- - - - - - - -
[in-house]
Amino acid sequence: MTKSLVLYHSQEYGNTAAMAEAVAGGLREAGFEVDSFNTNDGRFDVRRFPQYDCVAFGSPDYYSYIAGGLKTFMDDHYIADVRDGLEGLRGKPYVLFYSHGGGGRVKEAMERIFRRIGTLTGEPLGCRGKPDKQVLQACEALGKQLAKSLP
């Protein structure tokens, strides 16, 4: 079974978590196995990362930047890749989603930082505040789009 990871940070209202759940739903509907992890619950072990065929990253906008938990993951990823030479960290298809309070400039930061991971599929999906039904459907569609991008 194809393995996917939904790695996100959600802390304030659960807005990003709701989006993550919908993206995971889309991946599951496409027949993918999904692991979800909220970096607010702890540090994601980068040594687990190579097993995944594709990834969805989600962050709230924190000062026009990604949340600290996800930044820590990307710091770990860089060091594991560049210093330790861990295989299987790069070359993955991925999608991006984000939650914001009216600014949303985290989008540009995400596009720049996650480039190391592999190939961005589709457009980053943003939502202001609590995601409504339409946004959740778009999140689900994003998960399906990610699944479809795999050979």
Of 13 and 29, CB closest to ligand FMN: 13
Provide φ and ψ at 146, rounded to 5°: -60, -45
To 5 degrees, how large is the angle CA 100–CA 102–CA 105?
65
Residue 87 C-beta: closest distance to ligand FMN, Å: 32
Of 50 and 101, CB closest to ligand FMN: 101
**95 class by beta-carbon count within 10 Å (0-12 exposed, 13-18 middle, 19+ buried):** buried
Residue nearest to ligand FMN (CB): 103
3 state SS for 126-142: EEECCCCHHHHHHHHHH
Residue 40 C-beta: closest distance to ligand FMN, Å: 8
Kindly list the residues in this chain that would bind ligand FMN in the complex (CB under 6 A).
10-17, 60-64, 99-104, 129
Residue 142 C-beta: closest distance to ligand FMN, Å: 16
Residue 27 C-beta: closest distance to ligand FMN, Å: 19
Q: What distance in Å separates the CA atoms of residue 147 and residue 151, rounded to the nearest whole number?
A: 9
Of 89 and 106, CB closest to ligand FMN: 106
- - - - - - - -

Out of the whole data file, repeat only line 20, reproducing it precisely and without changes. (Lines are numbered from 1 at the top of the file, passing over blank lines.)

Of 89 and 106, CB closest to ligand FMN: 106